The Central Bank updated its liquidity regulation in The key rule is Chapter III. Even though local banks solidly endured the global financial crisis, the Central Bank introduced this rule to prevent future liquidity shocks. The rule states that the board of directors is responsible for setting the liquidity risk assumed by the bank, ensuring that the bank has a liquidity management policy PAL and establishing tolerance levels specific to this risk.
The senior management is responsible for proposing liquidity management policies compatible with the nature, scale and complexity of the business and risk tolerance of the bank to the board, and enforcing and updating the PAL. The PAL must contain stress tests, which must be performed at least quarterly, considering the structure of the bank's assets and liabilities, the scale and complexity of its operations, and possible effects on its cash flow and liquidity position.
The PAL must also establish a formal contingency plan, setting the strategies to be adopted when facing a liquidity deficit in stress scenarios. Under Chapter III. This difference is called a term mismatch. Banking companies must observe the following limits regarding term mismatches: The sum of all term mismatches for up to 30 days cannot exceed the basic capital.
The same requirement must be met considering only flows in foreign currency. The sum of the term mismatches of up to 90 days cannot exceed twice the basic capital. Therefore, projected net cash outflows in 30 days cannot be higher than the equity capital of the bank, and projected net outflows in 90 days cannot surpass twice that amount.
What leverage requirements apply? Legal restrictions to large exposures and related lending have long been in place. This reflects Chile's regulatory framework, which is generally conservative. Most complex activities are explicitly prohibited, for example banks cannot invest directly in equities, commodities or credit default swaps.
Banks can only trade derivatives using two types of underlying assets interest rates and currencies so leverage is strongly limited. Consolidated Supervision Role and Requirements What is the role of consolidated supervision of a bank in your jurisdiction and what are the requirements? Role The regulatory framework entrusts the control of financial institutions to different government agencies.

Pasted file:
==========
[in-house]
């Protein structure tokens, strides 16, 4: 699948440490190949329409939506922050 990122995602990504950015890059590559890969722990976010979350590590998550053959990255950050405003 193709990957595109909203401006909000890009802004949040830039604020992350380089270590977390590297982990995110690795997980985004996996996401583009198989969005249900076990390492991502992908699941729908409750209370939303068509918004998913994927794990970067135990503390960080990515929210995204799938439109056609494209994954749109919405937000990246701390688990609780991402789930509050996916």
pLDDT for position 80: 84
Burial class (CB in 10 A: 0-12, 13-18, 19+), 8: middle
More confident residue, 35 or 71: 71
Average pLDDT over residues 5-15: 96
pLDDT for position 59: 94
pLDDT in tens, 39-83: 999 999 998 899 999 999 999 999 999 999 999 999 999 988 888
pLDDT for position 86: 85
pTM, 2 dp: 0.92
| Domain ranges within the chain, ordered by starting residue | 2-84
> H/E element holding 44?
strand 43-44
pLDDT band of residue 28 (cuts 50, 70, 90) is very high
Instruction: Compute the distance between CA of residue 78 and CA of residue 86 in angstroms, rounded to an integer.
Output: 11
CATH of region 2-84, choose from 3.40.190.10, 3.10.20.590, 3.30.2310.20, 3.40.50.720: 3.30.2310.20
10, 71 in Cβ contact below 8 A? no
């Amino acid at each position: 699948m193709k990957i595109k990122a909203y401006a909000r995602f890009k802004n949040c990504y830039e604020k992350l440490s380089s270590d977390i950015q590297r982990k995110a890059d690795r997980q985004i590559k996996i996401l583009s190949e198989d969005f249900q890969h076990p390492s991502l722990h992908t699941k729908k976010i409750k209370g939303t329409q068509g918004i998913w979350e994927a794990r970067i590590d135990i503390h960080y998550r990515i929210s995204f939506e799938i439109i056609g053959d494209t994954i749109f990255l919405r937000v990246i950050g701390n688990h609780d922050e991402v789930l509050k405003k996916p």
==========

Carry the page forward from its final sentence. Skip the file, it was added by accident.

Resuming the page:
The CMF controls not only banks but their subsidiaries and banking support companies, as well as retail lenders, credit and saving unions and credit, debit and prepaid card issuers and operators. It also oversees the Securities Market Law, controlling stocks, brokers, listed corporations, funds and other relevant institutions. Financial Stability Council. This was created in to ensure the integrity and soundness of the financial system.
It provides mechanisms for co-ordination and exchange of information for preventive management of systemic risk, and to resolve critical situations involving exercise of the regulators' functions. Law No. A member of the Central Bank is also present at its meetings. The main objectives of the Financial Stability Council are consolidated analysis of information on regulated activities, to: Adequately manage systemic risks. Have proper co-ordination between regulatory bodies, for the integrated supervision of financial conglomerates and implementation of public policies.
Make relevant recommendations on legislative and regulatory rules. The Pensions Superintendency Superintendencia de Pensiones.